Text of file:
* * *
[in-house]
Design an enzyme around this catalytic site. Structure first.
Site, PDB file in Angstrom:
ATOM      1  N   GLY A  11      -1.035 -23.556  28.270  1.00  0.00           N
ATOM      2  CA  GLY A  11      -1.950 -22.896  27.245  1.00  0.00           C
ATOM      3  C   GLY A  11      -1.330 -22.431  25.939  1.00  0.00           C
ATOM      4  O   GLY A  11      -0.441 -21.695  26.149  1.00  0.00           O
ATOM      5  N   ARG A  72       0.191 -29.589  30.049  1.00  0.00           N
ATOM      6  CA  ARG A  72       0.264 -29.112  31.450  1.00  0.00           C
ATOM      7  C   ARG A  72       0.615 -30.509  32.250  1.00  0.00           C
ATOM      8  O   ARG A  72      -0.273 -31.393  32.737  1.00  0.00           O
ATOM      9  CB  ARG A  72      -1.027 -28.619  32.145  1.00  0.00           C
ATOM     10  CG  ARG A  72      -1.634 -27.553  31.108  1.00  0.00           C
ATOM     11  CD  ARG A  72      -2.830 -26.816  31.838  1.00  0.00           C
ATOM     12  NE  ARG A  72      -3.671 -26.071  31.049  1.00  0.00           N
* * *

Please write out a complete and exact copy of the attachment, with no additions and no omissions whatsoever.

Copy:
[in-house]
Design an enzyme around this catalytic site. Structure first.
Site, PDB file in Angstrom:
ATOM      1  N   GLY A  11      -1.035 -23.556  28.270  1.00  0.00           N
ATOM      2  CA  GLY A  11      -1.950 -22.896  27.245  1.00  0.00           C
ATOM      3  C   GLY A  11      -1.330 -22.431  25.939  1.00  0.00           C
ATOM      4  O   GLY A  11      -0.441 -21.695  26.149  1.00  0.00           O
ATOM      5  N   ARG A  72       0.191 -29.589  30.049  1.00  0.00           N
ATOM      6  CA  ARG A  72       0.264 -29.112  31.450  1.00  0.00           C
ATOM      7  C   ARG A  72       0.615 -30.509  32.250  1.00  0.00           C
ATOM      8  O   ARG A  72      -0.273 -31.393  32.737  1.00  0.00           O
ATOM      9  CB  ARG A  72      -1.027 -28.619  32.145  1.00  0.00           C
ATOM     10  CG  ARG A  72      -1.634 -27.553  31.108  1.00  0.00           C
ATOM     11  CD  ARG A  72      -2.830 -26.816  31.838  1.00  0.00           C
ATOM     12  NE  ARG A  72      -3.671 -26.071  31.049  1.00  0.00           N